08/07/2017
The July employment report was almost about as good as it gets. The U.S. economy generated 209,000 new jobs, well in excess of the anticipated 180,000. As expected, the unemployment rate fell to 4.3 percent, matching the May low for this cycle. Average hourly earnings have yet to accelerate, but the pace did increase modestly in the month, and the participation rate edged higher. If the Fed does, indeed, intend to shrink its balance sheet starting in September, there was likely nothing in this report that would dissuade it from doing so. And following the report, expectations for a December rate hike increased to 40 percent from the 37 percent the day prior.
 
The one missing ingredient at this level of unemployment remains the stubborn refusal of wages to increase in a meaningful way. The last time the unemployment rate was close to this low, in 2007, wages were growing between 3.0-3.5 percent on a twelve-month basis. It should be noted, however, that back then core inflation was running between 2.0-2.3 percent as measured by the Personal Consumption Expenditure (PCE) deflator, not the 1.5 percent pace of this past June.
 
We will see how consumer prices started out the third quarter on Friday with the July Consumer Price Index report. The twelve-month headline rate is expected to edge higher to 1.8 from 1.6 percent in June, while the core rate is expected to be unchanged at 1.7 percent.
 
As labor continues struggling to participate fully in this recovery, shareholders are the beneficiary. Profit margins remain high, and corporate earnings are exceeding expectations. Second quarter earnings season is now roughly 90 percent complete, and according to Factset, S&P 500 companies in the aggregate are reporting an increase in margins compared to last year.[i] And earnings are likely to grow by 10.1 percent when full second quarter results are in, well ahead of the expected 6.4 percent pace at quarter end. Only the consumer discretionary sector is expected to see a decline.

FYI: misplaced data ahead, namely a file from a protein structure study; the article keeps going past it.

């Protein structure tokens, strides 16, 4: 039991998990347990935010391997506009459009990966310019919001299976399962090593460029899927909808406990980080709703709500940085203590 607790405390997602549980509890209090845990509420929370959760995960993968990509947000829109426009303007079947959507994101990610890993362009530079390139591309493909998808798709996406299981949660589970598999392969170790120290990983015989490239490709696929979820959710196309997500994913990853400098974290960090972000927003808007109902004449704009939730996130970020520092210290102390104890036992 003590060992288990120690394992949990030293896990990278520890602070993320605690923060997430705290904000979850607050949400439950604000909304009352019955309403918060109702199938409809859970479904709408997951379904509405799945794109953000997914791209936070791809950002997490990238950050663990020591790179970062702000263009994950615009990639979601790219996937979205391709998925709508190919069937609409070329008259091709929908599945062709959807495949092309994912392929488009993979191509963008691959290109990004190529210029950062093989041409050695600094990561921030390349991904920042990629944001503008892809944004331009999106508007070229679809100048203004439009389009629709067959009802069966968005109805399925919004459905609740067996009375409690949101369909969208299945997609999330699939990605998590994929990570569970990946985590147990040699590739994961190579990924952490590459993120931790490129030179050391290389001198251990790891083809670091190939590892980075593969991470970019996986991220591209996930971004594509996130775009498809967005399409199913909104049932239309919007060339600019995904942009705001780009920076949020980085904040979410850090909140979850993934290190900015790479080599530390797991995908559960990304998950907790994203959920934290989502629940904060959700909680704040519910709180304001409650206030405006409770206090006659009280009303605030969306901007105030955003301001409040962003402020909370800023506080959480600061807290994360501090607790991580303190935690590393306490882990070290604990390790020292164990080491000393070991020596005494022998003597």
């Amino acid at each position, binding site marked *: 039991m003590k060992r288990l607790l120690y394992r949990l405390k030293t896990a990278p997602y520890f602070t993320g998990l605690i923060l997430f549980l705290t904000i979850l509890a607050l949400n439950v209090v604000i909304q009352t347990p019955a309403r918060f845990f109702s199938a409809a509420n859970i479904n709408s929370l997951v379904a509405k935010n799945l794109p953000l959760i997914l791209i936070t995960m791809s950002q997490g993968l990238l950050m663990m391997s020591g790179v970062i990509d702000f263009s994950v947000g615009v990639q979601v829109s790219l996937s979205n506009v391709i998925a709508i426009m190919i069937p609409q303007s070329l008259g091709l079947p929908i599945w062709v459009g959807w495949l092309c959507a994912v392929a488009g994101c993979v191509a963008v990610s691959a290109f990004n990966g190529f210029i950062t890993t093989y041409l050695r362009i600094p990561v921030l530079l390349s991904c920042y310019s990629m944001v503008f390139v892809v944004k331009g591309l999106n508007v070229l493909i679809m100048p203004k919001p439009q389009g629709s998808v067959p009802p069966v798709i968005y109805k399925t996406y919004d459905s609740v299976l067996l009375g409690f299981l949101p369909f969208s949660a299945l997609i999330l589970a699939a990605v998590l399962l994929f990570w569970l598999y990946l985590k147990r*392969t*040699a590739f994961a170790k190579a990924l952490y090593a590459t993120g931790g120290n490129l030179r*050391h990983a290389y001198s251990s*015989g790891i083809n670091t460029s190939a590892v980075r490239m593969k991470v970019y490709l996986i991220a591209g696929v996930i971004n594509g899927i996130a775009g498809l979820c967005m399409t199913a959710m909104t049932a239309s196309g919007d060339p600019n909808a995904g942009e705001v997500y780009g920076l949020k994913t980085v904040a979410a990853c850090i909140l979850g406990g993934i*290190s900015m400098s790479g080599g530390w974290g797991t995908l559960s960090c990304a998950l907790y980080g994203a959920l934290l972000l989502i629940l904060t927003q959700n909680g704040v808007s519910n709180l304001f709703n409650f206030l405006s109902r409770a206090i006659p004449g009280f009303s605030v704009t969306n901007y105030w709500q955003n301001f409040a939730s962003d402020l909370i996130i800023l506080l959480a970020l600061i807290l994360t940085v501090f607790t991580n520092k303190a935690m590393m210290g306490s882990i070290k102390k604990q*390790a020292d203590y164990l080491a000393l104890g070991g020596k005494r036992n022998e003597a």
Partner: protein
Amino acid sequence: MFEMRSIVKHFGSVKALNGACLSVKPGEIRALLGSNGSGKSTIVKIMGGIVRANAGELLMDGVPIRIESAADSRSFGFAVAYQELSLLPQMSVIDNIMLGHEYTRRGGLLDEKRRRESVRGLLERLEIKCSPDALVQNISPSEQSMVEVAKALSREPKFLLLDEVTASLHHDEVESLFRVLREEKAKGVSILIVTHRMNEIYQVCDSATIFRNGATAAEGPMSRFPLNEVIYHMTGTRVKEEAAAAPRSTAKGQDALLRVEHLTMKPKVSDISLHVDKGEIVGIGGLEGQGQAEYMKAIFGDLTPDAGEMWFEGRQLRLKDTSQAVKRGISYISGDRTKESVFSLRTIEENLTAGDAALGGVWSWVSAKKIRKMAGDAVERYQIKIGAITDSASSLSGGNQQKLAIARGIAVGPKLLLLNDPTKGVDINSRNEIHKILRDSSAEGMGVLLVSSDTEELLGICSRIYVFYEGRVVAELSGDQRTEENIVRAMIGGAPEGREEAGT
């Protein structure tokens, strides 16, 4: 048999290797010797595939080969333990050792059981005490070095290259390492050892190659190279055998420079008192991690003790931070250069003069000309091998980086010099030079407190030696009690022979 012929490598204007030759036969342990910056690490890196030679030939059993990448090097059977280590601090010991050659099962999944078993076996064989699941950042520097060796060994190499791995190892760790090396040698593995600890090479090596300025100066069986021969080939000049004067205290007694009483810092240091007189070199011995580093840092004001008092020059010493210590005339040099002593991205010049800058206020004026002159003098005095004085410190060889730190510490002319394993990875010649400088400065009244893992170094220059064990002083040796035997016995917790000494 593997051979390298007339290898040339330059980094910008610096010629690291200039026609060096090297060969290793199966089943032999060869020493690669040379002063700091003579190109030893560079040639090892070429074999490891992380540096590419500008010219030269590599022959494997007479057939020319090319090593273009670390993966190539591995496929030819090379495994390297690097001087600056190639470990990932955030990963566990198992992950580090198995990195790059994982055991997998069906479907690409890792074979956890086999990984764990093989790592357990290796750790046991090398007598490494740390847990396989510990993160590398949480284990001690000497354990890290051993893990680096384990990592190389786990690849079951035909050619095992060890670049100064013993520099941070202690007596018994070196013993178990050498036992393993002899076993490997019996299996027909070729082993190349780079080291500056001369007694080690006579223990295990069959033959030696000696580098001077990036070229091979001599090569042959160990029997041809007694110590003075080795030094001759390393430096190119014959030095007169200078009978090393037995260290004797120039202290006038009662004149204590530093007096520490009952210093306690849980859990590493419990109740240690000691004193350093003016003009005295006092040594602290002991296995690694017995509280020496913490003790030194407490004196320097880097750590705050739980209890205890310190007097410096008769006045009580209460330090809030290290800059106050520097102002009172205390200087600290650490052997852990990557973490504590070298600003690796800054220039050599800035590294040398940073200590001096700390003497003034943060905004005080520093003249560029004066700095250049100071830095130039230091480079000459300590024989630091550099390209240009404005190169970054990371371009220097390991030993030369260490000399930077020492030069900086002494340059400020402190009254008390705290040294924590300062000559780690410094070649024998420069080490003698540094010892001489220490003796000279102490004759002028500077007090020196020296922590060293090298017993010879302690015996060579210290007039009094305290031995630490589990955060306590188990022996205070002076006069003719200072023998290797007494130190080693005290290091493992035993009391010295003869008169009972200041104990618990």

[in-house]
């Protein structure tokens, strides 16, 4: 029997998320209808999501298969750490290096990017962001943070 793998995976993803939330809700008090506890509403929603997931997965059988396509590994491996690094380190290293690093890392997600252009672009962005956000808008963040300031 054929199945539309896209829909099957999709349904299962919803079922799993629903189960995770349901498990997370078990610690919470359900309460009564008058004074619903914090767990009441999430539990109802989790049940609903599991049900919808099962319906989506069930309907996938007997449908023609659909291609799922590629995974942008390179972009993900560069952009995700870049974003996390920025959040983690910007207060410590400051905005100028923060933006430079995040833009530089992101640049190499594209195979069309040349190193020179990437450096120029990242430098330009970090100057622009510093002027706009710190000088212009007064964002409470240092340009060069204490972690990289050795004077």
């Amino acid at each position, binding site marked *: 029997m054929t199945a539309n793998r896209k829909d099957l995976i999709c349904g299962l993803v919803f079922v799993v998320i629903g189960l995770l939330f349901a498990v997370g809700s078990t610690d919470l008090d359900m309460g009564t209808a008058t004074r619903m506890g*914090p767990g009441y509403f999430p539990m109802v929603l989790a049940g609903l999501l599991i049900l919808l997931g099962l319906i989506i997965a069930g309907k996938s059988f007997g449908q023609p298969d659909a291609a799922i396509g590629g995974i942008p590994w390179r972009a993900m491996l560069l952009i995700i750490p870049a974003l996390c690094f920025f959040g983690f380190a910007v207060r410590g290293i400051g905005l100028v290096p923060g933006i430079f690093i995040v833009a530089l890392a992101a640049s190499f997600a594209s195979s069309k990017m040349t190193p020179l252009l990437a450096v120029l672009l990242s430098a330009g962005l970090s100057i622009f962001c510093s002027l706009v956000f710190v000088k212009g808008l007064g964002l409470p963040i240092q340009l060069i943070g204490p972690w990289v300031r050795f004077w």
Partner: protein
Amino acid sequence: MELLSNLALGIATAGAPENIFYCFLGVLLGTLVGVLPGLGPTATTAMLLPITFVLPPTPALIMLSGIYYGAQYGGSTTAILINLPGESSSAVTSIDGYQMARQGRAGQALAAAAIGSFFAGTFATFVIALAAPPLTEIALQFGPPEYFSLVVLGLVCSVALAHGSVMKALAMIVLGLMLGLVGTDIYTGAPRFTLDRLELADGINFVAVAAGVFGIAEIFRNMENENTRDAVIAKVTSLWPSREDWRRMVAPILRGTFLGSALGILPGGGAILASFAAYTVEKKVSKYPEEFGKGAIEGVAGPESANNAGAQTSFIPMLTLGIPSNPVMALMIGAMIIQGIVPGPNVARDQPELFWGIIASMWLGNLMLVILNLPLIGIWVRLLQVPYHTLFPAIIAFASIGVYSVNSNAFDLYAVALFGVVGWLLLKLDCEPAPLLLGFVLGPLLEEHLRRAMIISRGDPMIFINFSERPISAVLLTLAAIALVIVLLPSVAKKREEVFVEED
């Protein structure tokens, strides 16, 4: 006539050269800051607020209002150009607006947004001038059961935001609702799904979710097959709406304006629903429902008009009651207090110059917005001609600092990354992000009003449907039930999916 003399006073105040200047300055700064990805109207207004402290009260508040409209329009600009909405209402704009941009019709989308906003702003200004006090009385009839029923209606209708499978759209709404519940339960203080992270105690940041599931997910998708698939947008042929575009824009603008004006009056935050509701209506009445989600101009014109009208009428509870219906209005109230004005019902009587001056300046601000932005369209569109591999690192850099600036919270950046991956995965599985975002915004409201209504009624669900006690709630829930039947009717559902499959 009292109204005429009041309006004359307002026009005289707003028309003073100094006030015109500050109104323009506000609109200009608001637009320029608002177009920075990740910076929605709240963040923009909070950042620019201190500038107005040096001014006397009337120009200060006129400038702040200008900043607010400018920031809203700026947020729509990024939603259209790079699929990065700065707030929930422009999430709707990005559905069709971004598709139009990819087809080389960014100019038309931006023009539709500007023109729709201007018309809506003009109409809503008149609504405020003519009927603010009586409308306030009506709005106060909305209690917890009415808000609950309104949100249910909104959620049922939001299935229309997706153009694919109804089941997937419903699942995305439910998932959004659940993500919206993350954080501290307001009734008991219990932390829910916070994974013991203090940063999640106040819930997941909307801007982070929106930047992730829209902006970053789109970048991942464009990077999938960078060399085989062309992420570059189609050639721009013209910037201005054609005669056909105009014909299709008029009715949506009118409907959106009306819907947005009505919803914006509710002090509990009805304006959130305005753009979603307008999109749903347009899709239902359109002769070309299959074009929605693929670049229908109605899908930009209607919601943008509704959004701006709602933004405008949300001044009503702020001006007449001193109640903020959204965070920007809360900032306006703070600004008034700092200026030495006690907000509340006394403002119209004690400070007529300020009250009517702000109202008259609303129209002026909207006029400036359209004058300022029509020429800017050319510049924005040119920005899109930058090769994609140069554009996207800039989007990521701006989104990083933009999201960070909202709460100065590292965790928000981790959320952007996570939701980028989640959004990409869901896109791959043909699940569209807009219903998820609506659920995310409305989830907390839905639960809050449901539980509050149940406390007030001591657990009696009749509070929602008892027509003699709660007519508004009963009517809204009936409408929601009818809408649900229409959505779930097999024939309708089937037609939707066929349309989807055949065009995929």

The third quarter looks less promising. Estimates have been lowered since the end of the second quarter, as expectations for the energy sector in particular have been reduced along with the price of oil. Earnings in the third quarter are now expected to grow by 5.6 percent, down from 7.1 percent on June 30. But it should be noted that third quarter estimates are now lower for all but technology and telecom, which is still expected to suffer a decline, just of somewhat lesser magnitude. Nevertheless, current estimates of 9.5 percent for the full year have remained relatively steady.
 
Despite the robust July jobs report, bond yields fell for the week. The ten-year note closed at 2.26 percent, down from 2.29 the prior week, although it did bounce off its lows following the jobs report on Friday. The two-year note rose just one basis point on the week to 1.36 percent. The dollar rebounded sharply after the jobs report as well, arresting for the time being its year-long decline. Stocks edged higher, with the S&P 500 adding just 0.2 percent to close just one point shy of the record set the week before. The Dow Jones Industrial Average did manage to set another new record high at week’s end, its eighth consecutive record close.
 
Congress is in recess until after Labor Day, and with earnings season winding down, equity investors will be grasping about for something to fill the void as we get into the historically-weak months of August and September.
 
Beyond the price reports, this week’s economic calendar in the U.S. is fairly light. In the Eurozone, the week began with a softer-than-expected industrial production report from Germany, while in Japan leading indicators were a little better than expected. OPEC meets for two days at the start of the week to review compliance with production cuts. Several Fed officials will be making public comments this week as well, and the often-enlightening Jackson Hole symposium sponsored by the Kansas City Fed is just three weeks away.
 
Important Disclosures:

The views expressed are as of the date given, may change as market or other conditions change, and may differ from views expressed by other Ameriprise Financial associates or affiliates. Actual investments or investment decisions made by Ameriprise Financial and its affiliates, whether for its own account or on behalf of clients, will not necessarily reflect the views expressed. This information is not intended to provide investment advice and does not account for individual investor circumstances.
 
The S&P 500 is an index containing the stocks of 500 large-cap corporations, most of which are American. The index is the most notable of the many indices owned and maintained by Standard & Poor's, a division of McGraw-Hill.
 
The personal consumption expenditure (PCE) measure is the component statistic for consumption in gross domestic product (GDP) collected by the United States Bureau of Economic Analysis (BEA).
 
The Dow Jones Industrial Average (DJIA) is an index containing stocks of 30 Large-Cap corporations in the United States. The index is owned and maintained by Dow Jones & Company.
 
Indexes are unmanaged and are not available for direct investment.
 
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